Researchers from the Pusan National University in South Korea have developed a new calcium-doped ion exchanger for the removal of radioactive cesium from acidic nuclear power plant wastewater. The findings have the potential for developing more efficient and effective methods of remediating radioactive contamination.
Led by Kuk Cho, the researchers designed a novel layered potassium calcium thiostannate (KCaSnS), a calcium (Ca2+)-doped chalcogenide ion exchanger. The process overcomes the difficulty in removing cesium-137 from acidic wastewater, where protons (H+) impair the adsorption ability and damage the lattice structure of the adsorbent.
The study, titled “Leaching of structural Ca2+ ions from a chalcogenide adsorbent by H+ lifts Cs(I) uptake,” was recently published in the Journal of Hazardous Materials.
Transformative approach: With the KCaSnS, the typically problematic H+ ions in acidic wastewater enhance the Cs+ adsorption process. Essentially, the Ca2+ ions from KCaSnS are leached out by H+ and Cs+, making way for Cs+.
“Through a transformative approach, the troublesome proton was converted into a functional agent by incorporating Ca2+ into the Sn–S matrix, resulting in a metastable structure,” said Cho. “Moreover, Ca2+ is a harder Lewis acid than Cs+ and can thus leave the lattice easily because of its weaker affinity to the Lewis soft base S2- under acidic conditions. This provides a large enough space for Cs+ to reside after its release from the lattice structure.”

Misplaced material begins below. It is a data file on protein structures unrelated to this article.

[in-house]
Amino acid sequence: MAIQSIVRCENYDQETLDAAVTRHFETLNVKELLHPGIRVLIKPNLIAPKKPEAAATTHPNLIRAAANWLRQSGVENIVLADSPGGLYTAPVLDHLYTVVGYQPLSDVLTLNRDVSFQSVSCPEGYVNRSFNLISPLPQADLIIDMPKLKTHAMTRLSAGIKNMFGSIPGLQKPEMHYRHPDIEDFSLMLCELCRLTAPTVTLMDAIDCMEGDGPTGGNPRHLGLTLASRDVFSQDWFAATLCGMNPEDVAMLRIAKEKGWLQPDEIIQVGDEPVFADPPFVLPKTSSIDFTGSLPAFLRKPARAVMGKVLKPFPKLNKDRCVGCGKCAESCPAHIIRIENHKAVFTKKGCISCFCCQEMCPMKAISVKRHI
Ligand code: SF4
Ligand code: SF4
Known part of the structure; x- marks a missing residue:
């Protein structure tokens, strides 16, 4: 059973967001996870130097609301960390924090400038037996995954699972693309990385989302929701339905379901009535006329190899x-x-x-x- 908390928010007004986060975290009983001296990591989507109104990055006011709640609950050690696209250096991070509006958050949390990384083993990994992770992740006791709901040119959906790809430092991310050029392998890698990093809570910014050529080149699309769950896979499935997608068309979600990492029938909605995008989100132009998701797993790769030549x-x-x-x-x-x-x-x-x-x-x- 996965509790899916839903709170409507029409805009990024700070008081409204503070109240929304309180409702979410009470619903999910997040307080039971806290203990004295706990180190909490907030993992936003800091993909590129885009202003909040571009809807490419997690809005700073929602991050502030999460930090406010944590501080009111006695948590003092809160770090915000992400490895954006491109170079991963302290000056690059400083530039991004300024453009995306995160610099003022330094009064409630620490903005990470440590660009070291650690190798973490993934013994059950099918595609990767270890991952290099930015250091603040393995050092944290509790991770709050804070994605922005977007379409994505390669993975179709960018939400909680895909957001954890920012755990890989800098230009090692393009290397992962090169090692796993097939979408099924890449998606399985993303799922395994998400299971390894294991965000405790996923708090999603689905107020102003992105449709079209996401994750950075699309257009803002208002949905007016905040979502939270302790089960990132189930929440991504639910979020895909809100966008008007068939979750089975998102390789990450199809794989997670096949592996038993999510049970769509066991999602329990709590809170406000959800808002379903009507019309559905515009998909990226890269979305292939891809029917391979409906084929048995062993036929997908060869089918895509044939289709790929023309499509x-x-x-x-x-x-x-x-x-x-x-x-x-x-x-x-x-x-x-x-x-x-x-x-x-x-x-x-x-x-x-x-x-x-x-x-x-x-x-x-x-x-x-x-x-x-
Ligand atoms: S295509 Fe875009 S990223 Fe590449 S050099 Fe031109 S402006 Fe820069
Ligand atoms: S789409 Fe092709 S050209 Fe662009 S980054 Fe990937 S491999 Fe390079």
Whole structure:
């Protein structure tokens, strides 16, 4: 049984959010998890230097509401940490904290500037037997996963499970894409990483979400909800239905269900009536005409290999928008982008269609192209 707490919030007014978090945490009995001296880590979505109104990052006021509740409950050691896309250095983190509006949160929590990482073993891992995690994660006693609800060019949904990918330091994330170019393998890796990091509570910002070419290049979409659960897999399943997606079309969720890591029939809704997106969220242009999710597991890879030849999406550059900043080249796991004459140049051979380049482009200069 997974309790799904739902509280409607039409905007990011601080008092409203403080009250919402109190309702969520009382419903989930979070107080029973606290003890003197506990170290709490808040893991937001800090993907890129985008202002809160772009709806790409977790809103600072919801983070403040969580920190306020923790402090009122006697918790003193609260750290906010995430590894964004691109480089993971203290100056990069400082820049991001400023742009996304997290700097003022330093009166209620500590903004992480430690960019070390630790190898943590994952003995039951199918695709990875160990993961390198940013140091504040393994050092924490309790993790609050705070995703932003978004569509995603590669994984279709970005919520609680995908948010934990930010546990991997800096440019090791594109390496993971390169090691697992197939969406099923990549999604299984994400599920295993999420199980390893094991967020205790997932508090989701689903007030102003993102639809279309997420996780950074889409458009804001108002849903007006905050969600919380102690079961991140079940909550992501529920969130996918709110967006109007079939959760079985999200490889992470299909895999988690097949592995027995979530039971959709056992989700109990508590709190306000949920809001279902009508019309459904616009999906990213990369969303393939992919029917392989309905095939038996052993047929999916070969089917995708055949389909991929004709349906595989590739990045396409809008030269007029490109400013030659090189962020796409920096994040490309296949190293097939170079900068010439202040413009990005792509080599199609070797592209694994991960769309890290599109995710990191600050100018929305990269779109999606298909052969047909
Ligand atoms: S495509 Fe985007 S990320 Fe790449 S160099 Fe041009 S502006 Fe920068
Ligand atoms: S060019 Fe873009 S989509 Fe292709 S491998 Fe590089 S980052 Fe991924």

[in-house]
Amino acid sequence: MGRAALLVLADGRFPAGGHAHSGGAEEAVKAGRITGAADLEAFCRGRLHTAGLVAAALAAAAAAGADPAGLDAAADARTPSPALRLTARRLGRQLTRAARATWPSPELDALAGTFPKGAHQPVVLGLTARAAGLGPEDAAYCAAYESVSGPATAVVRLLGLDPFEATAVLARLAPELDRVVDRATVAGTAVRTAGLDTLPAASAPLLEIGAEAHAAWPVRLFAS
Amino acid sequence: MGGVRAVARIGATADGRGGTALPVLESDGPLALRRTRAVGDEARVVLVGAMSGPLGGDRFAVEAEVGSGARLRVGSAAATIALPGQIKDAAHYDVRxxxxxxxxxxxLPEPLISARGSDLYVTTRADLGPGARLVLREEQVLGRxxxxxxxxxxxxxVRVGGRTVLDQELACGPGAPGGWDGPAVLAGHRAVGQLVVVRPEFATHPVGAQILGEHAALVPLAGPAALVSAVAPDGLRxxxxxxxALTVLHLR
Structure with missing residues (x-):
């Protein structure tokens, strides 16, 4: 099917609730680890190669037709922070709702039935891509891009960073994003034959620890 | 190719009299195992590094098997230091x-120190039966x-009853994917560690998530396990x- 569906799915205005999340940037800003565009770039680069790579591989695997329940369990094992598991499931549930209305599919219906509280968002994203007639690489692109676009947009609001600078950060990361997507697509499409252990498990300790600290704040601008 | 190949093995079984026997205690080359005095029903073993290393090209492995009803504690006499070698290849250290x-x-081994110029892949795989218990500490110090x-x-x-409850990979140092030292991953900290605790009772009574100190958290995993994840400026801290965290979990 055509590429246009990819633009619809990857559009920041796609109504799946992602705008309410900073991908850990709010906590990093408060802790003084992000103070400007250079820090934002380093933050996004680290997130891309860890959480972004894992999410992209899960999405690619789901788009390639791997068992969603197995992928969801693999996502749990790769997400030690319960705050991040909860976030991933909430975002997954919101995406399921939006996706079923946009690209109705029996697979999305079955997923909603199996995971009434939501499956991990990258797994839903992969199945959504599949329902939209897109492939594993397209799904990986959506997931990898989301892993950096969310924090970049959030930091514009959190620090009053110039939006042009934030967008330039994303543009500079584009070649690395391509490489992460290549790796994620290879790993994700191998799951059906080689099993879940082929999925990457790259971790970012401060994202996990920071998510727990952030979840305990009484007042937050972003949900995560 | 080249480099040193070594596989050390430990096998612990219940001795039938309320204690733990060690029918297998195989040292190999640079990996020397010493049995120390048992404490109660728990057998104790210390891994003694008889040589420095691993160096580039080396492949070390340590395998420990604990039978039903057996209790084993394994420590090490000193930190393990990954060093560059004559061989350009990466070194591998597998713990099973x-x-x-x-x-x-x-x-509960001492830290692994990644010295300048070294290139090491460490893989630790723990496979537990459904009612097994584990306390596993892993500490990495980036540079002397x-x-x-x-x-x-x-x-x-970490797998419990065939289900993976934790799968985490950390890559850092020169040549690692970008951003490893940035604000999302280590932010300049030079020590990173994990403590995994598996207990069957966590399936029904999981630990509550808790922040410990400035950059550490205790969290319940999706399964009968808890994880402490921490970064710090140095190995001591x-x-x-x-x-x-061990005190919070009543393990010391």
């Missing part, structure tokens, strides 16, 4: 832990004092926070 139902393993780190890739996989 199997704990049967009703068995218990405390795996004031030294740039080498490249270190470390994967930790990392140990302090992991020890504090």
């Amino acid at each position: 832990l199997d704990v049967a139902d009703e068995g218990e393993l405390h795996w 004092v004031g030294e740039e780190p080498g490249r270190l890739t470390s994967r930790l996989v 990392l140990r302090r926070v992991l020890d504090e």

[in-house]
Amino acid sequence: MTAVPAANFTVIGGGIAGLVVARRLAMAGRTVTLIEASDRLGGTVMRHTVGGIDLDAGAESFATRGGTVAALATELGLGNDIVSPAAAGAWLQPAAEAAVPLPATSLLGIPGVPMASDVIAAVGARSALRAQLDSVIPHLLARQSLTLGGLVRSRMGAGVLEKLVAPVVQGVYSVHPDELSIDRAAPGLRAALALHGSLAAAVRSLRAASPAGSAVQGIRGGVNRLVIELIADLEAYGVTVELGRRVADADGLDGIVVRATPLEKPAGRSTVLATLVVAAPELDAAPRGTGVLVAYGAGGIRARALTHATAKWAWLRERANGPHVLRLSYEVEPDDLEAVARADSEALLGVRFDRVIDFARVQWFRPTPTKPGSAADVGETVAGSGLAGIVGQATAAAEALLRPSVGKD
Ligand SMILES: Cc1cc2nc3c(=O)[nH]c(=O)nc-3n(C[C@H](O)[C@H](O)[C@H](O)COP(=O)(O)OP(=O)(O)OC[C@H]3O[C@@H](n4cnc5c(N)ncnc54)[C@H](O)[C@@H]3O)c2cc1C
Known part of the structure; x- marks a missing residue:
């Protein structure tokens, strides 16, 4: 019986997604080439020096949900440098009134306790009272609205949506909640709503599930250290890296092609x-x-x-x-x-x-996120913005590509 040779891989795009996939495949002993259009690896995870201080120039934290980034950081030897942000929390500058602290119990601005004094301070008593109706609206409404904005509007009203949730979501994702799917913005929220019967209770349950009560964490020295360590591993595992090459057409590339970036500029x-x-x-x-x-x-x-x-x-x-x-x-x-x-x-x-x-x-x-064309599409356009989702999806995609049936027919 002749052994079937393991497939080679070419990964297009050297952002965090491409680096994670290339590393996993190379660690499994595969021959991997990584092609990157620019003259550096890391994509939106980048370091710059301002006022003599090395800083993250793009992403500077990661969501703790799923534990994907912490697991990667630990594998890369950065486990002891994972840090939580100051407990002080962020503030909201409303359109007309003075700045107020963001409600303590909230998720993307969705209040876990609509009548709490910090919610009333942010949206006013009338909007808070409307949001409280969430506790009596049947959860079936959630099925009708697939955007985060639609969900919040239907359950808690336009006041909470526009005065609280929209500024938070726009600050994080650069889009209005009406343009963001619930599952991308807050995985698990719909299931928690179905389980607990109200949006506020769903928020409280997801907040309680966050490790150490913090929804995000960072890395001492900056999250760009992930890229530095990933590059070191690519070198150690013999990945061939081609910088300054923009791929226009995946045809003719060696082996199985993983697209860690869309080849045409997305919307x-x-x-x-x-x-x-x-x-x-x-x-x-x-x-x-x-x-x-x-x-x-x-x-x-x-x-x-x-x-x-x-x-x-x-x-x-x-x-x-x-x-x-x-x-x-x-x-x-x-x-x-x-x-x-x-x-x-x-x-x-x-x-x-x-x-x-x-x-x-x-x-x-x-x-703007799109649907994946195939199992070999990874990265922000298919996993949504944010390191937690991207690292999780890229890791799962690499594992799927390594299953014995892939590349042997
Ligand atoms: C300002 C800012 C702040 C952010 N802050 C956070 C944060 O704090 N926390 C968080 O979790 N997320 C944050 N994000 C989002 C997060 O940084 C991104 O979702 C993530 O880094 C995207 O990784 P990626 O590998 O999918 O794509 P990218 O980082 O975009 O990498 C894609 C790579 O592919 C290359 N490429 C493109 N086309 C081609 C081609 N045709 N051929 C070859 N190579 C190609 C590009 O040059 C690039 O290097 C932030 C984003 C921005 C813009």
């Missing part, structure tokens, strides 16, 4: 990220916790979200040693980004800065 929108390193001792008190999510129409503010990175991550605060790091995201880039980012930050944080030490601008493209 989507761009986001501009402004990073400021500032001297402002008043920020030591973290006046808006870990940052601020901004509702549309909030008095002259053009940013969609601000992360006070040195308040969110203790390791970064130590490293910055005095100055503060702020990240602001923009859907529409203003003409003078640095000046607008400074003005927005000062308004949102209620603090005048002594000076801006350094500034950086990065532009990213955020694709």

Increased capacity: In the study, the team used the hydrothermal process to synthesize the novel KCaSnS ion-exchange material, which was then used to investigate the adsorption of a nonradioactive isotope of Cs+ in different solutions with pH values ranging from 1 to 13.
The team found that at neutral pH 5.5, the Cs+ adsorption capacity was 370 mg/g, whereas at acidic pH 2, the capacity increased by 68 percent to 620 mg/g. This trend was completely opposite to what previous studies had established.
The researchers attributed this observation to the fact that under neutral conditions, the Ca2+ was leached out only from the interlayers, which accounted for around 20 percent of the total spots available for Cs+ to be adsorbed by the S2- ions in the Sn–S matrix.
In contrast, under highly acidic conditions, nearly 100 percent of Ca2+ ions were leached out from both the interlayer and the backbone structure, allowing more Cs+ ions inside the lattice. Additionally, in all cases, interlayer K+ was involved in the ion exchange.